Tornadoes travel at an average speed of 30 miles an hour, but speeds ranging from stationary to 70 miles an hour have been reported. While most tornadoes move from the southwest to the northeast, their direction of travel can be erratic and may change suddenly.
In populated areas, it is very dangerous to attempt to flee to safety in an automobile. Over half of the deaths in the Wichita Falls tornado on 1979 were attributed to people trying to escape in motor vehicles. While chances of avoiding a tornado by driving away in a vehicle may be better in open country, it is still best in most cases to seek or remain in a sturdy shelter such as a house or building. Even a ditch or ravine offers better protection than a vehicle if more substantial shelter is not available.
While hail may or may not precede a tornado, the portion of a thunderstorm adjacent to large hail is often the area where strong to violent tornadoes are most likely to occur.
Once large hail begins to fall, it is best to assume that a tornado may be nearby, and seek appropriate shelter. Once the hail has stopped remain in a protected area until the thunderstorm has moved away. This will usually be 15 to 30 minutes after the hail ceases.
The tornado's atmospheric pressure drop plays, at most, a minor role in the damage process.
Most structures have sufficient venting to allow for the sudden drop in atmospheric pressure. Opening a window, once thought to be a way to minimize damage by allowing inside and outside atmospheric pressures to equalize is not recommended. In fact, if a tornado get close enough to a structure for the pressure drop to be experienced the strong tornado winds probably already will have caused the most significant damage. Furthermore, opening the wrong window can actually increase damage.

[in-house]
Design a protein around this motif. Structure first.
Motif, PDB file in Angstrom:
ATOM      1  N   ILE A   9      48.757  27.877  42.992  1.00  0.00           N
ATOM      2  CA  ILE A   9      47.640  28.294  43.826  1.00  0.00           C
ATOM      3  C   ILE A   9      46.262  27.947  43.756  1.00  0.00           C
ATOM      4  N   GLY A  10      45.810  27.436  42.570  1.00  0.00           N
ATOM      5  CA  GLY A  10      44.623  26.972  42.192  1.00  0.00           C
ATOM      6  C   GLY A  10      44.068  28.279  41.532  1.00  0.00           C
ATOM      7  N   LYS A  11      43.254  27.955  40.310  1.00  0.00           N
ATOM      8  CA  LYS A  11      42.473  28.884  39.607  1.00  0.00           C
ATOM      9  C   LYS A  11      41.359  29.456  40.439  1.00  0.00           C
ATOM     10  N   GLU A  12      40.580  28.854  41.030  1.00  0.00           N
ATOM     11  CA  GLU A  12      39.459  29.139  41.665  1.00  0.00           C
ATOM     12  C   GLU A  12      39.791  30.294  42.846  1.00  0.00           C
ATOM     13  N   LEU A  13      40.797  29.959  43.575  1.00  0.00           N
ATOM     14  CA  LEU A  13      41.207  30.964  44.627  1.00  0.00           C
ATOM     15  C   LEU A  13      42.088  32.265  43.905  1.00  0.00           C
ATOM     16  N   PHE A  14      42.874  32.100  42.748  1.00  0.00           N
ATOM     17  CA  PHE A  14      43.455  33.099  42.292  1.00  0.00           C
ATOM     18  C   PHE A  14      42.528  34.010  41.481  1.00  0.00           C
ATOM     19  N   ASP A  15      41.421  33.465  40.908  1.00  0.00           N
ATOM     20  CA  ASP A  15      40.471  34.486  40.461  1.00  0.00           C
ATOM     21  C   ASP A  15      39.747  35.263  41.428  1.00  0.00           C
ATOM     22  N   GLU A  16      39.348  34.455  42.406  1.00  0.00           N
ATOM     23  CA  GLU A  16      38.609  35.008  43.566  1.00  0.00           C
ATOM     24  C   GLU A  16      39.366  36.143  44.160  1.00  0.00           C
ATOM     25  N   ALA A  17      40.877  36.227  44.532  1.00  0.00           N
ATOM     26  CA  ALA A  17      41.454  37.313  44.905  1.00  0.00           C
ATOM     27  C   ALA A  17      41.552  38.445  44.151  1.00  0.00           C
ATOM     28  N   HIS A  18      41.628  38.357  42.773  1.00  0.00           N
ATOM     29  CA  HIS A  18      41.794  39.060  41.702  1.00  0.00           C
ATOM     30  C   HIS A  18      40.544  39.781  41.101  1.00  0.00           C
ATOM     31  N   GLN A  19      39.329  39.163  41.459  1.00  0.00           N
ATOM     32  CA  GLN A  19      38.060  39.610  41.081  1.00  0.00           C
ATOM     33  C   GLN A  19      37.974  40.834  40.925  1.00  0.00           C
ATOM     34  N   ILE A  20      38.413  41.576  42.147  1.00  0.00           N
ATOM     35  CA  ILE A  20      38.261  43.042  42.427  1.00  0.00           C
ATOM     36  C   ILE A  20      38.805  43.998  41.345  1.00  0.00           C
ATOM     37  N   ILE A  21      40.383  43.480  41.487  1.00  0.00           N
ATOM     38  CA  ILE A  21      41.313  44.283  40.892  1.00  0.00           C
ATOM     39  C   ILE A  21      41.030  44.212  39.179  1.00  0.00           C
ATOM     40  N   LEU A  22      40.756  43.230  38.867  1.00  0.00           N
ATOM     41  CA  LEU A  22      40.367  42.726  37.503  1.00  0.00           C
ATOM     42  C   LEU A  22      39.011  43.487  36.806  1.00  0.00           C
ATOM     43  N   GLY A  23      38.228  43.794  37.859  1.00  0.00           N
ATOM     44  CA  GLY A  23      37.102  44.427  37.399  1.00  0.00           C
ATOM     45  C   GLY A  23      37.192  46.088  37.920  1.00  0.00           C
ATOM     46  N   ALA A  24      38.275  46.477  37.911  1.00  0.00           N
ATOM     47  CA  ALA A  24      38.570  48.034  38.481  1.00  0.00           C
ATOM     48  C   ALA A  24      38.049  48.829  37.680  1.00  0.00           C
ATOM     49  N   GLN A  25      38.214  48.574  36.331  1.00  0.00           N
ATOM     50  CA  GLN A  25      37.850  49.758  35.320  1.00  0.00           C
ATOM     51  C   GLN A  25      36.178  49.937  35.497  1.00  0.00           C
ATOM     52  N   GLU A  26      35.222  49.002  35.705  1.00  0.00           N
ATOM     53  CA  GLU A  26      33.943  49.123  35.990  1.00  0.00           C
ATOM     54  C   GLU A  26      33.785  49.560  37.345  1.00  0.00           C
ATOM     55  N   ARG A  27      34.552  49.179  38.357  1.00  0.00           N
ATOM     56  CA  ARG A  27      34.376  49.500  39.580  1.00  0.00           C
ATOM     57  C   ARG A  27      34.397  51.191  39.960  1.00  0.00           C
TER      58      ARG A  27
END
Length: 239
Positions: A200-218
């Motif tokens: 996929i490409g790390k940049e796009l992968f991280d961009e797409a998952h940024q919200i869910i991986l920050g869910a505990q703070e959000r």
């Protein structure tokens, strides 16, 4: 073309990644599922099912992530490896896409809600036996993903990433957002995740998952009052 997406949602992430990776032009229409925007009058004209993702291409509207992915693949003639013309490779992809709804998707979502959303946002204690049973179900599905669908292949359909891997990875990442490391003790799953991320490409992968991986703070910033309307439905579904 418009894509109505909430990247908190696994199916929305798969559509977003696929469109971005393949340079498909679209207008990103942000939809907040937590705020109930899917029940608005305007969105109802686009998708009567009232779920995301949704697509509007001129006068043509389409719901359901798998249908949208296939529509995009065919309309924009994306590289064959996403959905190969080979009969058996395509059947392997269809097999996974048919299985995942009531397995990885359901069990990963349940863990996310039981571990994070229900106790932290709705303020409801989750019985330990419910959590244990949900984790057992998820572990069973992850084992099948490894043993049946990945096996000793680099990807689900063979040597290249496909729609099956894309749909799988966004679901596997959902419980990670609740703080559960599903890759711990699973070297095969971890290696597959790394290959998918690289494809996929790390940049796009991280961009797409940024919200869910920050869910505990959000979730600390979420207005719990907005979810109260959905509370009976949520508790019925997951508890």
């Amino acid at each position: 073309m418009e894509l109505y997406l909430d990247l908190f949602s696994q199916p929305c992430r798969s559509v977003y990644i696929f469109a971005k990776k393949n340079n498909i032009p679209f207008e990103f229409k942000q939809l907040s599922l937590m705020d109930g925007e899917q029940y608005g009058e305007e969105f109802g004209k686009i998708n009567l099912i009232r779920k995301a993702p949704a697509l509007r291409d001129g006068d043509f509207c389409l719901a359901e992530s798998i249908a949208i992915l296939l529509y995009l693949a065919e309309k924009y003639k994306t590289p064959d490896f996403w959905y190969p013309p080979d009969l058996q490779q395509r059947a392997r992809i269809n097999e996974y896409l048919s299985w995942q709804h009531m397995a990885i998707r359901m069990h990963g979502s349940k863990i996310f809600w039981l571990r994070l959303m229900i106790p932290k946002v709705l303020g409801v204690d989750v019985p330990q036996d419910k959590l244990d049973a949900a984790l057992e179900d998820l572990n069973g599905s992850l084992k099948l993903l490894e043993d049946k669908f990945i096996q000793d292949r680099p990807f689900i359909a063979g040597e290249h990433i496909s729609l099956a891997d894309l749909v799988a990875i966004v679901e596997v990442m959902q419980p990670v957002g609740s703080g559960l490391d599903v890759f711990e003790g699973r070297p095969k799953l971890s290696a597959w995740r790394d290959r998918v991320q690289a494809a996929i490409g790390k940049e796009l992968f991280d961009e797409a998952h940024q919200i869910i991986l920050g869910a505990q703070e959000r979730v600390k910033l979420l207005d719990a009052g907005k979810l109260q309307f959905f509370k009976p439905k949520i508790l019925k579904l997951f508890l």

While most tornado damage is caused by the violent winds, most tornado injuries and deaths result from flying debris.
Small rooms, such as closets or bathrooms, in the center of a home or building offer the greatest protection from flying objects. Such rooms are also less likely to experience roof collapse. Always stay away from windows or exterior doors.
Tornado wind speeds increase with height within the tornado.
Storm cellars or well constructed basements offer the greatest protection from tornadoes. If neither is available, the lowest floor of any substantial structure offers the best alternative. In high rise buildings, it may not be practical for everyone to reach the lower floors, but the occupants should move as far down as possible and take shelter in interior, small rooms or stairwells.
Tornado winds may produce a loud roar similar to that of a train or airplane.
At night or during the heavy rain, the only clue to a tornado's presence may be its roar. thunderstorms can also produce violent straight-line winds which produce a similar sound. If any unusual roar is heard during threatening weather, it is best to take cover immediately.
Although most tornadoes occur during the mid-afternoon or early evening (3 p.m.-7 p.m.), they can occur at any time; often with little or no warning.
The key to survival is advance planning. All members of a household should know where the safest areas of home are. Identify interior bathrooms, closets, halls or basement shelter areas. Be sure every family member knows that they should move to such safe areas at the first signs of danger. There may be only seconds to act. Have a tornado emergency plan at work.
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